Women’s March leaders hurt the cause by tolerating anti-Semitism

Tamika Mallory, right, co-chair of the Women’s March on Washington, talks during an interview with fellow co-chairs Carmen Perez, left, and Linda Sarsour, January 9, 2017 in New York.
Tamika Mallory, right, co-chair of the Women’s March on Washington, talks during an interview with fellow co-chairs Carmen Perez, left, and Linda Sarsour, January 9, 2017 in New York. AP Photo

I was one of the founding organizers of the Women’s March on Raleigh (2017) and the Women’s Raleigh on Rally (2018), and I am Jewish. Our ad hoc group of over 200 volunteers is not affiliated with the National Women’s March. We organized in solidarity. I join Teresa Shook (whose Facebook post is credited with the idea for the Women’s March) in calling on the board of the National Women’s March to step down, including Tamika Mallory, Linda Sarsour, Carmen Perez, and Bob Bland. Their acts and omissions with relationship to anti-Semitism distract from the Women’s March and its allies, and cause harm.

Anti-Semitism is on the rise. At the 2017 Unite the Right march in Charlottesville, the crowd chanted “Jews will not replace us!” as they marched past a synagogue. In October 2018, a self-described conservative and white nationalist killed 11 worshipers at the Tree of Life Synagogue in Pittsburgh. Last month, a prom photo of a Wisconsin high school apparently doing the Seig Heil went viral. Jews are being targeted locally, as well: this summer and again this the fall, threats were sent to Triangle area temples.

We cannot equivocate in the face of anti-Semitism and violence. We cannot be silent. We cannot give a pass to an elder for inciting anti-Semitism because he has done other great things. Each member of the board of the National Women’s March has done one or more of these things and in so doing has contributed to allowing anti-Semitism to fester within the women’s movement.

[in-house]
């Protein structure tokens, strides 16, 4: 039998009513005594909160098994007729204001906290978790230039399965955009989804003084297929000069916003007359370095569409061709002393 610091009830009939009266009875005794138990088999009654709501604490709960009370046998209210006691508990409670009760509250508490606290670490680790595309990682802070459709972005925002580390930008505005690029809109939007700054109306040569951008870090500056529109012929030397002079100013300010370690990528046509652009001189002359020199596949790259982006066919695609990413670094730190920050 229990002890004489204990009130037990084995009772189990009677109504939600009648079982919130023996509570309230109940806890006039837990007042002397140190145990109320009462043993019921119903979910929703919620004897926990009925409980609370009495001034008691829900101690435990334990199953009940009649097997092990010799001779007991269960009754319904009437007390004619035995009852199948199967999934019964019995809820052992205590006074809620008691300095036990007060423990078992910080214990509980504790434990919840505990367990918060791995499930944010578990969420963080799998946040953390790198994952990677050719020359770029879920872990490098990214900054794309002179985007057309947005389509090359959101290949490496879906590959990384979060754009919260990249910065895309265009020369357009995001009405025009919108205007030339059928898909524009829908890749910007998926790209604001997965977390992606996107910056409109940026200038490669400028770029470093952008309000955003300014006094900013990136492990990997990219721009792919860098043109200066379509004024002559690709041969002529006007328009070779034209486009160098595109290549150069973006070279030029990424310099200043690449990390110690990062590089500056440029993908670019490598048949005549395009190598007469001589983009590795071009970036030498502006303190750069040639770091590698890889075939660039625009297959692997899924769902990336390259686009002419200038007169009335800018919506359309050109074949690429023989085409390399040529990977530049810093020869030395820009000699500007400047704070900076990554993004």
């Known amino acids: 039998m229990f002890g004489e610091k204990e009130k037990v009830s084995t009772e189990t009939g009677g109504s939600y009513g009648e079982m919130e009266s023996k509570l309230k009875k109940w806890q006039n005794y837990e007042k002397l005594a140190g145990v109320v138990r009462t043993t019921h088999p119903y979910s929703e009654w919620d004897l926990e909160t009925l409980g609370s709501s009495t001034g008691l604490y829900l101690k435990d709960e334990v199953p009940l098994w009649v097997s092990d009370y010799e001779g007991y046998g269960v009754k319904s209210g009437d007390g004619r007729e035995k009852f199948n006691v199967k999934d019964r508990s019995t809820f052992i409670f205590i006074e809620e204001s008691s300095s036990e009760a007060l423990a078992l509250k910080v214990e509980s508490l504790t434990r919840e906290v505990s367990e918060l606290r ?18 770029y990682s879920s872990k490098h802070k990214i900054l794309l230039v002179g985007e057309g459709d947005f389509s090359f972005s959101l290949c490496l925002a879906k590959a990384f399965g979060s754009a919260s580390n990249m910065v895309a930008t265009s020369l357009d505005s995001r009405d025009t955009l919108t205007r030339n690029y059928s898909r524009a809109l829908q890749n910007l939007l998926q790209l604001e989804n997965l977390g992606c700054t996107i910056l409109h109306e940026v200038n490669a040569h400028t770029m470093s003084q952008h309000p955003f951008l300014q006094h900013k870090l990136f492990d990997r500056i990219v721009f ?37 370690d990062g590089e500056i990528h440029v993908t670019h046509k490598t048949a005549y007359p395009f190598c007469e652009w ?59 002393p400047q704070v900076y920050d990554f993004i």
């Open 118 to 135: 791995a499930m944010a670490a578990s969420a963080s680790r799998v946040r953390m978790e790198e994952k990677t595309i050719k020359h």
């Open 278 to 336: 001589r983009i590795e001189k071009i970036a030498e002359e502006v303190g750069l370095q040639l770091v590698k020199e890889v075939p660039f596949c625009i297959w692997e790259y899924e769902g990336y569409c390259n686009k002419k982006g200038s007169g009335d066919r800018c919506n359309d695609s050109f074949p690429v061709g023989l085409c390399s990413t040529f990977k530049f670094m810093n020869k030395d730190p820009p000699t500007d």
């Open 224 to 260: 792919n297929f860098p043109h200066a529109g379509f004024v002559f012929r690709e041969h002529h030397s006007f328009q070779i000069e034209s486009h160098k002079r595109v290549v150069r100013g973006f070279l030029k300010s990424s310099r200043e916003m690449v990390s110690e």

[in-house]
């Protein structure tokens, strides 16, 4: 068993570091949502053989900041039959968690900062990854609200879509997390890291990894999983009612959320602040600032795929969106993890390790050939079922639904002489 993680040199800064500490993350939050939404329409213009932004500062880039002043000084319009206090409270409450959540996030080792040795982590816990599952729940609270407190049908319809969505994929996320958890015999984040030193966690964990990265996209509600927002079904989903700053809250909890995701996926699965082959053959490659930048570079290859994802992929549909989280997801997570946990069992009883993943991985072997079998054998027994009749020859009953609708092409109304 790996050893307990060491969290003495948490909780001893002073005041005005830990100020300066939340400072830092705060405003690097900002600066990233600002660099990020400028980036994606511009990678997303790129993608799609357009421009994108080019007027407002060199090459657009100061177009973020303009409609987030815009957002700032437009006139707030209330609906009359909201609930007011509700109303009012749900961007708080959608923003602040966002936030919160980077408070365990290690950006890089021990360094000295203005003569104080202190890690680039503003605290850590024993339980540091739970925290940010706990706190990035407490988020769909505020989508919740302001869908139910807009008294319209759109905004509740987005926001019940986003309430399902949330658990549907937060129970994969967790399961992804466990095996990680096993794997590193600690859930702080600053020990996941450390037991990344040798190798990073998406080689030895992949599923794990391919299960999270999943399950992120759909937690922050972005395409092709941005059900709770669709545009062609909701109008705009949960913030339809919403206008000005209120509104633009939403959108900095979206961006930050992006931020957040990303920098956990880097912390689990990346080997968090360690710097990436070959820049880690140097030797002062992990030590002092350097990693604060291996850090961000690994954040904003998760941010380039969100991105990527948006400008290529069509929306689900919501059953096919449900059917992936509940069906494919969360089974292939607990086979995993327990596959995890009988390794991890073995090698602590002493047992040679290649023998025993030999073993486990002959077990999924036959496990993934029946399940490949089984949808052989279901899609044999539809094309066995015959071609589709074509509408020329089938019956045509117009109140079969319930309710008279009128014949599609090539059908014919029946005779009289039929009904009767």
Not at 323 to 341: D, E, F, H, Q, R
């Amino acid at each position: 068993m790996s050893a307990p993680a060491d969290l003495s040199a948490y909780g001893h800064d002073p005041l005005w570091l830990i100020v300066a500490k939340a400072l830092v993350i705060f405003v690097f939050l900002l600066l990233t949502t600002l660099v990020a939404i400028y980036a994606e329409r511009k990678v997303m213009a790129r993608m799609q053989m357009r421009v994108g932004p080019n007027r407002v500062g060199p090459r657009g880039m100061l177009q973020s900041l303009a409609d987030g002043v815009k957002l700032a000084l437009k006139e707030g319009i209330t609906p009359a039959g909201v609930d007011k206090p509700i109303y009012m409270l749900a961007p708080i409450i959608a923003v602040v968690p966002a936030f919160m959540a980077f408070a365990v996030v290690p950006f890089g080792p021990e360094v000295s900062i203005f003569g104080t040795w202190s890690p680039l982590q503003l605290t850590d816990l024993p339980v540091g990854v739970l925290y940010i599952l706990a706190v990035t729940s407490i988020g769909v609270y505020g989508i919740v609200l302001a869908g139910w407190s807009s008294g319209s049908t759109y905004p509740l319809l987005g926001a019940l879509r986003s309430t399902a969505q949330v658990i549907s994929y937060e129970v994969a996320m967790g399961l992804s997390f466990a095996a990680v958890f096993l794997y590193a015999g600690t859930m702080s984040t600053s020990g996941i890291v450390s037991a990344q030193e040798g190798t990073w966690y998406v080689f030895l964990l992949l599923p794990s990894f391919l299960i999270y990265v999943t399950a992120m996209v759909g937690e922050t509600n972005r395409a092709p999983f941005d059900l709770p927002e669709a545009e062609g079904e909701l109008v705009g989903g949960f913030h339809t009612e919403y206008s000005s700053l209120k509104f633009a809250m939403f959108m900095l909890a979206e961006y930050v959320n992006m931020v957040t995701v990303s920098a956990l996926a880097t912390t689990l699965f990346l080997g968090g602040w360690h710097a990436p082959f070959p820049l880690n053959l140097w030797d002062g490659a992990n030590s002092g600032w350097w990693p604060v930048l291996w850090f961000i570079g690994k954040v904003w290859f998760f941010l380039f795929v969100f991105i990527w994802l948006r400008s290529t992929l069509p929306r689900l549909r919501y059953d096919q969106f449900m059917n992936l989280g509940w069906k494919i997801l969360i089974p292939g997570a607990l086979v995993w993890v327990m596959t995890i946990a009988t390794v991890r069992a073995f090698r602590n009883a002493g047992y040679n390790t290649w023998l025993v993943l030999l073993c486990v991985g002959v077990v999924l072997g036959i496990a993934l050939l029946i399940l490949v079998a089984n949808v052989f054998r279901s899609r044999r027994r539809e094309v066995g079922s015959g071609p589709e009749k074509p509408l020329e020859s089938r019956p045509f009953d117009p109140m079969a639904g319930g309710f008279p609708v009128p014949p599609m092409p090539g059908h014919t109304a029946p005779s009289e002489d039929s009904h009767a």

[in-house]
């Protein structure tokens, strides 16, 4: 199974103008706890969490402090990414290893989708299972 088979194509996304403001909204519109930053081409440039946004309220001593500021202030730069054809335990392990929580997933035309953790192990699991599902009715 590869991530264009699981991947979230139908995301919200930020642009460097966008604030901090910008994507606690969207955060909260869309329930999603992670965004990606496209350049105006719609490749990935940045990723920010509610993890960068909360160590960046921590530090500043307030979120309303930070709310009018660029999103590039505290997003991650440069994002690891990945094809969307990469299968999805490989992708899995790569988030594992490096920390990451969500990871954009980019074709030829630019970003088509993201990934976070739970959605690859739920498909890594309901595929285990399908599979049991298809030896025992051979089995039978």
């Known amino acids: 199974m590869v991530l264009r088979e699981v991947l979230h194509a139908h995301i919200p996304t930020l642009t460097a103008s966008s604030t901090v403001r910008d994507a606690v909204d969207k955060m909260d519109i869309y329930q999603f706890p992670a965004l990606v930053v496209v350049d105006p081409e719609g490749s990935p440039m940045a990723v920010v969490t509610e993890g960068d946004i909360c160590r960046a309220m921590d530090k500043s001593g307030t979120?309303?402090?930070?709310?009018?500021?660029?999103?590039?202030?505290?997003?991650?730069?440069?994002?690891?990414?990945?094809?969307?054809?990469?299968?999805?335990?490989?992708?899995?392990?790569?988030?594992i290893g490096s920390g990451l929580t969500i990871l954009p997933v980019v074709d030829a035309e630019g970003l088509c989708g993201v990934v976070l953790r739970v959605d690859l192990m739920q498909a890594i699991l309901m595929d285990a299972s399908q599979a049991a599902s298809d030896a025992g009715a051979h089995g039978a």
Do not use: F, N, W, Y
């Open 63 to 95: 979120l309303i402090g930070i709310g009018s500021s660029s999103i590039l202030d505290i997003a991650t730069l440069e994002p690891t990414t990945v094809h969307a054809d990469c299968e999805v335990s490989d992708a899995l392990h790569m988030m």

Board Members Tamika Mallory, Linda Sarsour and Carmen Perez have attended rallies led by Louis Farrakhan, the Nation of Islam leader. While Farrakhan has done great works, he also foments hate and discrimination against multiple communities at his rallies. Regarding Jews, he has compared us to termites, called us bloodsuckers, and exalted Hitler as a ”very great man.”

Mallory and Sarsour asked not to be held accountable for Farrakhan’s words. They argued it takes away from their agency, and it is unfair to hold them accountable for his hate speech. Indeed, it would be unfair to hold them accountable had they not attended his speeches, praised his leadership, or raised his profile but they have done all of these things.

In fact, Mallory posted an instagram picture of herself with Farrakhan after a rally, calling him the “GOAT” - the greatest of all time. Those words hurt. To add to the specter of anti-Semitism, Mallory tweeted a classic rallying cry of anti-Semites in the midst of being questioned about Mr. Farrakhan’s anti-Semitism. She tweeted, “If your leader does not have the same enemies as Jesus, they may not be THE leader!” The Anti-Semitic reasoning is that Jews are the enemies of Jesus and so deserve persecution. She remained unmoved even after having the appearance of anti-Semitism explained.

Sarsour and Perez have been more specific in condemning Farrakhan’s hate speech, but not his leadership. In addition, they have stepped onto anti-Semitic landmines regarding the way they discuss Jews and the Israeli-Palestinian conflicts. They and Bob Bland also support Mallory’s approach to addressing anti-Semitism.

The board of the National Women’s March reflects on all of the women and allies of the movement. Part of embracing intersectionality is conscientiously listening, talking, and helping address the wrongs we even commit against each other. In this spirit, I am calling in the board of the National Women’s March. Their struggles with anti-Semitism are wounding; stepping down to work together with their Jewish sisters and allies to continue the important dialogue essential in an intersectional movement would be healing. Handing over leadership to other extraordinary women who are free from the specter of anti-Semitism would be uniting.

Shana Becker of Raleigh, is a lawyer and former lobbyist for consumer rights and renewable energy,. She was a founding organizer of the Women’s March on Raleigh (2017) and Women’s Rally on Raleigh (2018). To work on this year’s event, check out the Facebook page @WomensMarchNC.